GREEN BAY – Some NFL players don't care about outside opinions. Others get highly motivated by perceived snubs.
Count the Packers' Za'Darius Smith and Preston Smith among the latter.
In their first tandem interview of 2020 on Thursday, via Zoom, the Smiths brought up a recent ranking of NFL pass-rushing duos published by cbssports.com and, well, let's just say they didn't agree with its conclusions.
"I still think we're underrated," Za'Darius said.
"It definitely added fuel to the fire," Preston said.
The rankings had the Smiths, who combined for 25½ sacks from 2019 (plus four more in the playoffs), outside the top 10 in the league. They were ranked 12th, and actually third in their own division, with the NFC North's Danielle Hunter and Yannick Ngakoue from Minnesota second overall, followed by Khalil Mack and Robert Quinn from Chicago third.
Taking nothing away from their rivals' recognition, the Smiths made sure to say they noticed. To be fair, they both were ranked on the NFL Network's "Top 100 Players" list, with Za'Darius at No. 48 and Preston at No. 63, but clearly they care more about the collective effort getting dissed.
"We feel like if you're going to mention duos, you should mention the Smith Bros.," Preston said. "Because we cause havoc out there every week. How can you talk about duos and not mention us? That's how we feel. But it's fuel to the fire. We're going to come out and keep on improving, keep on doing our thing, and take it to another level this year."
"So they don't forget on the next list."
Added Za'Darius: "We've still got that same mindset and that same hunger to go out there and be the best duo as possible."
The two outside linebackers have given themselves a tough act to follow after becoming one of the franchise's best duos in their first season in Green Bay. Their 25½ combined sacks were the most by a pair of Packers pass rushers since sacks became an official statistic in 1982, and they're the first tandem in team history with at least a dozen each (Za'Darius had 13½, Preston 12).
The added twist this year is 2019 first-round draft pick Rashan Gary, another edge rusher, looks poised for a big second-year jump and an increased role. Gary had two sacks as a rookie last year in limited playing time, coming back for Year 2 with a rebuilt body and seemingly endless energy on the practice field.
Za'Darius mentioned defensive coordinator Mike Pettine has packages with all three pass rushers on the field together, and he was impressed seeing Gary take a lot of his reps with the first-team defense early in training camp while Za'Darius recovered from an undisclosed injury.
"I think as a trio, that's coming," Za'Darius said. "R.G. has been doing a lot of great things. He's explosive, man, and coming on. And I really think it could be a trio. We might have to change his last name."
Another change the Smiths are projecting is with the run defense, which suffered a huge letdown in the NFC title game at San Francisco last January. For as great a season as they had, the Smiths haven't shied away from taking their share of blame for the rough ending, nor the responsibility to fix it themselves.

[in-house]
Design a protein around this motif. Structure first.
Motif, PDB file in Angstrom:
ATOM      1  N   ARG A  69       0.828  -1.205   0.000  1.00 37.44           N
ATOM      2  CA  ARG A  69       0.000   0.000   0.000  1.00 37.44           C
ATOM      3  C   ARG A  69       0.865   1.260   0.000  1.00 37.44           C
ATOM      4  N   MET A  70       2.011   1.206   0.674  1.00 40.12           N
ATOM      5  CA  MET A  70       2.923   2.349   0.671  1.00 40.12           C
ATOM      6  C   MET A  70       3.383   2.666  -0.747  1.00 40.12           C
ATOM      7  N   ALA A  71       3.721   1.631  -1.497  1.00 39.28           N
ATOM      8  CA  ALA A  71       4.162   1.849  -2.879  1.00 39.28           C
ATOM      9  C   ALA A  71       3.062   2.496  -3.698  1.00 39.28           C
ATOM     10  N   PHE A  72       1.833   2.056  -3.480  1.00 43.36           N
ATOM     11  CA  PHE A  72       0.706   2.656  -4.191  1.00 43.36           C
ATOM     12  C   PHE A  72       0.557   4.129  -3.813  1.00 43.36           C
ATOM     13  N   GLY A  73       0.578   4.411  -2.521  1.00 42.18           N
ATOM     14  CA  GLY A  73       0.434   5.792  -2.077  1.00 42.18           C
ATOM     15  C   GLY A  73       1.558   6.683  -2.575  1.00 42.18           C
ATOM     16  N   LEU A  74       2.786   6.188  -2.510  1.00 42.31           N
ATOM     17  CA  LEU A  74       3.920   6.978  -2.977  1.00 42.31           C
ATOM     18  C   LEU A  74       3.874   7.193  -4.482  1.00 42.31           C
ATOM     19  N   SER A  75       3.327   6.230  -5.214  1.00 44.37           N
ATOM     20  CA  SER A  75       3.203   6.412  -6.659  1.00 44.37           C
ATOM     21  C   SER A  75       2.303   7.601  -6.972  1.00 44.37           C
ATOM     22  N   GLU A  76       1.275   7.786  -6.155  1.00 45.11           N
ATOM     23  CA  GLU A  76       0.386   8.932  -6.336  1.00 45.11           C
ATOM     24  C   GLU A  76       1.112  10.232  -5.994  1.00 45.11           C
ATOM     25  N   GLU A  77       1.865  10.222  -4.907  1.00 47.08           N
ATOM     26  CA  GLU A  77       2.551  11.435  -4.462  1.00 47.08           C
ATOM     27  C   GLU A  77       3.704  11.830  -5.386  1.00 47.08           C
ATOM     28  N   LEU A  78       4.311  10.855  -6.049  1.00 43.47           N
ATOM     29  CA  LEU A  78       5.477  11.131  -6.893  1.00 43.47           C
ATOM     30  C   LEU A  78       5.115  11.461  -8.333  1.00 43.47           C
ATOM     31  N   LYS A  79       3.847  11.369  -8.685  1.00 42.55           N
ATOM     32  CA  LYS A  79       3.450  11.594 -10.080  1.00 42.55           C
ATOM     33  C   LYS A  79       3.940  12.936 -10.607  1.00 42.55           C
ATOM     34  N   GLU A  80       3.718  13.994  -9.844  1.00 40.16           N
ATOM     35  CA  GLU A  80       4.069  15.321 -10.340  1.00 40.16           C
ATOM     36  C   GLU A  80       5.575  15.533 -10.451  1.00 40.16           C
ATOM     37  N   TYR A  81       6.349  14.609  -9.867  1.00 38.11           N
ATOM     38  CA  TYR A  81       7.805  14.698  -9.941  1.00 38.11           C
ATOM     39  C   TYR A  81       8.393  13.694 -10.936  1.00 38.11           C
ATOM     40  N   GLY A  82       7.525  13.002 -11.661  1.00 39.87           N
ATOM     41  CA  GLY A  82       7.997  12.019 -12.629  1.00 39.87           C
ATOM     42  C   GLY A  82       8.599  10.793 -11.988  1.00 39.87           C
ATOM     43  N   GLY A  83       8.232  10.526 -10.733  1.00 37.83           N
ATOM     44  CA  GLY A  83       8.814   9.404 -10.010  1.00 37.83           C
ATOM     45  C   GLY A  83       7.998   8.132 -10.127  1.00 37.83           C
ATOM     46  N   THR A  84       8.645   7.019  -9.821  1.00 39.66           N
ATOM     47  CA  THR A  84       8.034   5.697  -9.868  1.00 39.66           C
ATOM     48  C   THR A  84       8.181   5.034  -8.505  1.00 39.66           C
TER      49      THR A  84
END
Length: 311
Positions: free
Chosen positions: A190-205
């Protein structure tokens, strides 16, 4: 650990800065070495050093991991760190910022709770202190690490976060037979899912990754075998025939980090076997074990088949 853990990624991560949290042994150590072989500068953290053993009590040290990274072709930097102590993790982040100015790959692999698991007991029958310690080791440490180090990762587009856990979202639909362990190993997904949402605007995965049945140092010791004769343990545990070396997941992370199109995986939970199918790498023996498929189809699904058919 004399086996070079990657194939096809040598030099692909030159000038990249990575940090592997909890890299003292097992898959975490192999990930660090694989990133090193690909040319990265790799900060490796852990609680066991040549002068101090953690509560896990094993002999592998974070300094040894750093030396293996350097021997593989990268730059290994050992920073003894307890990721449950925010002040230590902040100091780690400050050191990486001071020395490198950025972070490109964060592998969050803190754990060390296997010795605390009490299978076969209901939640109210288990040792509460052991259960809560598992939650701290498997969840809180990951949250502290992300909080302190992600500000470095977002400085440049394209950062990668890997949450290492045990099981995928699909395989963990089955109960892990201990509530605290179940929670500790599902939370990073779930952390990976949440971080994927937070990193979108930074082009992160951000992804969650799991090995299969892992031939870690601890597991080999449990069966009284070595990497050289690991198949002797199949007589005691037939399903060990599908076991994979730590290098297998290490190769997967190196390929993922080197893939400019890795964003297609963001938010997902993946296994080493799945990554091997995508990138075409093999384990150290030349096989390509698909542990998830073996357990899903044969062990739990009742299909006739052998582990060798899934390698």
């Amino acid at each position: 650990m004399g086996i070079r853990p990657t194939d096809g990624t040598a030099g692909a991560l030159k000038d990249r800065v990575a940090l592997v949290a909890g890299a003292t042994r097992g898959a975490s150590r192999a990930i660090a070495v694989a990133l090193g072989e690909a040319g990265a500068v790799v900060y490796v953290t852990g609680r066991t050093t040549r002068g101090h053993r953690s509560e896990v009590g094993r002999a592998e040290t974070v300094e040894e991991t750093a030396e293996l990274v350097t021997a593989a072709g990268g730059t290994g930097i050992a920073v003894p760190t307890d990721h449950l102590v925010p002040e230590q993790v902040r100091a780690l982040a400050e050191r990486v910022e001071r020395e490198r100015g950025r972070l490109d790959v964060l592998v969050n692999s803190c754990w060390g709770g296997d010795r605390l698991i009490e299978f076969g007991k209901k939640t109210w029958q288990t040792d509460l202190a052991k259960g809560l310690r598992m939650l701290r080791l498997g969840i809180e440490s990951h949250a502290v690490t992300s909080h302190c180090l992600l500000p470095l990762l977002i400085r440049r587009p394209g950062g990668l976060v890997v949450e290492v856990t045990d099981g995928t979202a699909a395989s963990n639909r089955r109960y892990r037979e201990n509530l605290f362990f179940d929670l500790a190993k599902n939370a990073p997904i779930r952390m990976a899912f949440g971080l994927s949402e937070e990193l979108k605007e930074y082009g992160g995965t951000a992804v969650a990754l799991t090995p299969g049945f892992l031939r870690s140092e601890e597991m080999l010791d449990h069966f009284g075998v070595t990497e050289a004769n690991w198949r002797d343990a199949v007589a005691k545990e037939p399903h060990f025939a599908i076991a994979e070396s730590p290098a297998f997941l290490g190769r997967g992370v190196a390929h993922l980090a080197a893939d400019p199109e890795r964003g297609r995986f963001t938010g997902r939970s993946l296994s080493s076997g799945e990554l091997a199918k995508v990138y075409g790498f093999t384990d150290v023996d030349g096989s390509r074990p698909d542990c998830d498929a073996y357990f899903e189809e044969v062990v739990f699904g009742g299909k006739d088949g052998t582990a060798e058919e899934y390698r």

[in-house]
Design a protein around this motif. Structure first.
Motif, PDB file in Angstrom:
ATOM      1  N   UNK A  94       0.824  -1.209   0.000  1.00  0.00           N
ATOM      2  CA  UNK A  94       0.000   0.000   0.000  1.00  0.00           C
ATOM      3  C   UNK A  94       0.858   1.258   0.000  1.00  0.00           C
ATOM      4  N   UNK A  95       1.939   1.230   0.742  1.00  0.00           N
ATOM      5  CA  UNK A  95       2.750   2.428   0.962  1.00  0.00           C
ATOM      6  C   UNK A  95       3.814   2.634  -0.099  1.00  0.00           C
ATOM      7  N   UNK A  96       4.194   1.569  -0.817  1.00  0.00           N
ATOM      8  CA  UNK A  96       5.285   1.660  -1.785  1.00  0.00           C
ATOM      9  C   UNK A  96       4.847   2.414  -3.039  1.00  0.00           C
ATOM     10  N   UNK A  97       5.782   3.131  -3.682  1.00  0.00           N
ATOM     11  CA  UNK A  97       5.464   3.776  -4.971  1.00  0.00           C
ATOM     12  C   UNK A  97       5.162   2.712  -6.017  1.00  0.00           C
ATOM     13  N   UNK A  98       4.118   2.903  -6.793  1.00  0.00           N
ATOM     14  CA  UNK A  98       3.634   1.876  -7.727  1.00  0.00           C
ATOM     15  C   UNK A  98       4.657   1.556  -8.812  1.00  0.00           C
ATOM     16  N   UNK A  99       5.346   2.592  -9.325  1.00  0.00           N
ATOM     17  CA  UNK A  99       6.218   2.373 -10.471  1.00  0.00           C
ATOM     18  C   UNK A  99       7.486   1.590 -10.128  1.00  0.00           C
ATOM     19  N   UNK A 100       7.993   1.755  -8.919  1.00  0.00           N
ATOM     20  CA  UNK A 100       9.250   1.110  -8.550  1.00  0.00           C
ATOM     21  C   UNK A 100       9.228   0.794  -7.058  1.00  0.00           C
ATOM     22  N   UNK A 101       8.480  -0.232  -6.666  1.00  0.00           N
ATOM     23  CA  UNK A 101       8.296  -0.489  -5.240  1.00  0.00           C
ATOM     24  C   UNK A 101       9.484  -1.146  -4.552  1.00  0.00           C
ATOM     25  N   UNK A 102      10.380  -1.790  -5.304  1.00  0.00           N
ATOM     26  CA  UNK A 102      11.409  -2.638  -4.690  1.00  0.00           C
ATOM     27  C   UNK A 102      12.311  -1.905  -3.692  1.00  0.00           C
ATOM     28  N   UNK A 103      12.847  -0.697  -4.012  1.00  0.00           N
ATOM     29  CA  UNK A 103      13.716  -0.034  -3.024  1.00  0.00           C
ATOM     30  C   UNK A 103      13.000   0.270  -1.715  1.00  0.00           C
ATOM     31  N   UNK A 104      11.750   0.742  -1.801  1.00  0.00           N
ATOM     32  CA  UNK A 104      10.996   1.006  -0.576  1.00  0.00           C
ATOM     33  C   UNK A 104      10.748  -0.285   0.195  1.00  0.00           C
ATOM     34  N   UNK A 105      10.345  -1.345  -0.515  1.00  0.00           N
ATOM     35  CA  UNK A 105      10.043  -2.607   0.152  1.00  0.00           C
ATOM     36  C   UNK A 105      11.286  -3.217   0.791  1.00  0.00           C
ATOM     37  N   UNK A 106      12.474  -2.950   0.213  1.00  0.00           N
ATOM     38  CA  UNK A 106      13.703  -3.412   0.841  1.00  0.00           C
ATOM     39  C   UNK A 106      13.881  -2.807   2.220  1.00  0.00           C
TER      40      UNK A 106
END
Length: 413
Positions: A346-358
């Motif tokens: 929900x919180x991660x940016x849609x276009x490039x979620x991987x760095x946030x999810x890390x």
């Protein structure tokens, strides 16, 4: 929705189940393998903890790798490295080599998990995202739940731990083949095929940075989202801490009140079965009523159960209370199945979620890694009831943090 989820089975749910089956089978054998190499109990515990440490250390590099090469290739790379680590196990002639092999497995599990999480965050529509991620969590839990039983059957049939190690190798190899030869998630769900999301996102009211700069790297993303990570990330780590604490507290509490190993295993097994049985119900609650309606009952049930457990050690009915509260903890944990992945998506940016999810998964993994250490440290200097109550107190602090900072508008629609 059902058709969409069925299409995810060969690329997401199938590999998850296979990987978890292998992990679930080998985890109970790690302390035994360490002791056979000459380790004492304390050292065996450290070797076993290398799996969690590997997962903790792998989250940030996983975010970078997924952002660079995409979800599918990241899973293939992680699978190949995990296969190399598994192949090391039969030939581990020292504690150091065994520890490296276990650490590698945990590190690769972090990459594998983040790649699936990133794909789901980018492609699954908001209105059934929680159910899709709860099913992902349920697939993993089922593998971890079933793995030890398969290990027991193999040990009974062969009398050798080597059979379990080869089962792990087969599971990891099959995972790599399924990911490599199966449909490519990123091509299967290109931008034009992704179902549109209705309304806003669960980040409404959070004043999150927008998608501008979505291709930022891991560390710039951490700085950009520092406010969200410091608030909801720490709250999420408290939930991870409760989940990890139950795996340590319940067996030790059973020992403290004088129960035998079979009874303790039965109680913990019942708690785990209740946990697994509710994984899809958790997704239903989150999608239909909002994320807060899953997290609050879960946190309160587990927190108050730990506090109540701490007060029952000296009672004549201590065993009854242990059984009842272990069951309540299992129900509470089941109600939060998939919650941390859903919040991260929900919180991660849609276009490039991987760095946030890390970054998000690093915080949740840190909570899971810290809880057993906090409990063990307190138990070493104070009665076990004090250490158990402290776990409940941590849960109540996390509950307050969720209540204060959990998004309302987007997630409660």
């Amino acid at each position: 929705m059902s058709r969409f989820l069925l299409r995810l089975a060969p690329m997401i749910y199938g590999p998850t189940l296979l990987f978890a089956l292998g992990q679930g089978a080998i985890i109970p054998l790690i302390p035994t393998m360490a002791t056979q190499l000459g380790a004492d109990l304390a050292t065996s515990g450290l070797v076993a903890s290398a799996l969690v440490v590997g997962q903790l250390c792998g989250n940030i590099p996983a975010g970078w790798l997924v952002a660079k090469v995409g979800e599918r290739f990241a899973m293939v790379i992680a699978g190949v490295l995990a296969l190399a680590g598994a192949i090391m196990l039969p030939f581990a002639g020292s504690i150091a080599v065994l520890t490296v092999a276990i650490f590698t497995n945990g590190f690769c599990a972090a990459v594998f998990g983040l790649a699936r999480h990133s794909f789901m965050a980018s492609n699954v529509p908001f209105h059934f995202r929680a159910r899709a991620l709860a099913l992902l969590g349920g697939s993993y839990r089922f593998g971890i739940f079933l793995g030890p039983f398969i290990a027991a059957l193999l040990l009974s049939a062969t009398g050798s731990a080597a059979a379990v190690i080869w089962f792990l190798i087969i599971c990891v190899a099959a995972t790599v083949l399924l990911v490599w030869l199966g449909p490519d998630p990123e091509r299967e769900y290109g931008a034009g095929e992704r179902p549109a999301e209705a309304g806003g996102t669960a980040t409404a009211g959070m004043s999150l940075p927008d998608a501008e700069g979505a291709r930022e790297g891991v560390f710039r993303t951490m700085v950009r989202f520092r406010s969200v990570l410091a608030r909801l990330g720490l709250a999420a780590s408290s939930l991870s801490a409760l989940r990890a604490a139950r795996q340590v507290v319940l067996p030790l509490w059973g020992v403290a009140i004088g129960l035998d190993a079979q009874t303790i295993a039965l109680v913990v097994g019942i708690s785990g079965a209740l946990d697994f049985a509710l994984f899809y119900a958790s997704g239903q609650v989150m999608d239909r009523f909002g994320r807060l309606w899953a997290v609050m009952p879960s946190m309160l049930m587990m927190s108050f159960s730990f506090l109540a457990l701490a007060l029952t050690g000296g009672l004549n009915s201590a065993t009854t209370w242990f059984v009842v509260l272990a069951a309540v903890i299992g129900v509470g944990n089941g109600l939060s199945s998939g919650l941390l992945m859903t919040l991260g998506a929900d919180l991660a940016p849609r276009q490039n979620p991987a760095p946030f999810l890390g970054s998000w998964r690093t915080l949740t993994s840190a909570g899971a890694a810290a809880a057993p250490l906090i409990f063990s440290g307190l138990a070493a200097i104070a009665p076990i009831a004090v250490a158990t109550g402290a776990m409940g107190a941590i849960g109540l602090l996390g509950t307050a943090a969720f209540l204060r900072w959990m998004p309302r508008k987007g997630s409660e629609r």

"A lot of times we were just out of position to make plays and we were doing stuff that we weren't coached to do," Preston said. "They capitalized off those mistakes that we were making."
As a new and unusual season begins Sunday in Minnesota with no fans in the stands, the Smiths will be looked to as leaders to energize Green Bay's defense. Their sack celebrations made for a lot of highlights last season, and for the most part they had Head Coach Matt LaFleur's blessing.
They served as a form of on-field leadership that meshed with the off-field leadership, which helped create a close-knit club.
"I think it goes back to who they are as people, their personalities," LaFleur said. "They like to have fun. When they're doing their thing on the football field, it is fun to watch. When they get those sack dances going or whatever it is, that's certainly good for us."
If anything, those celebrations this year will be for their own teammates, with no crowd reaction to provide the usual emotional boost.
Last year, some of Za'Darius' celebrations featured flashing a message on a T-shirt underneath his jersey after making a big play. Once it was to show support for a family member of a team staffer who was dealing with a serious illness. Another time it was in response to getting snubbed in the Pro Bowl voting (even though he eventually was selected to go as an alternate).
This year? Don't be surprised if he has a T-shirt with a No. 12 on it, and it won't be a tribute to his favorite quarterback.
"We're going to continue to feed off each other," Preston said. "Because if I see Z make a play, I'm going to be just as hyped as he is, and same with the secondary. They're just as hyped when they see us get sacks and do our dance or we celebrate. Guys feed off each other.
"So we've just got to bring that contagious – that good, contagious energy – and make sure we come out there with the juice."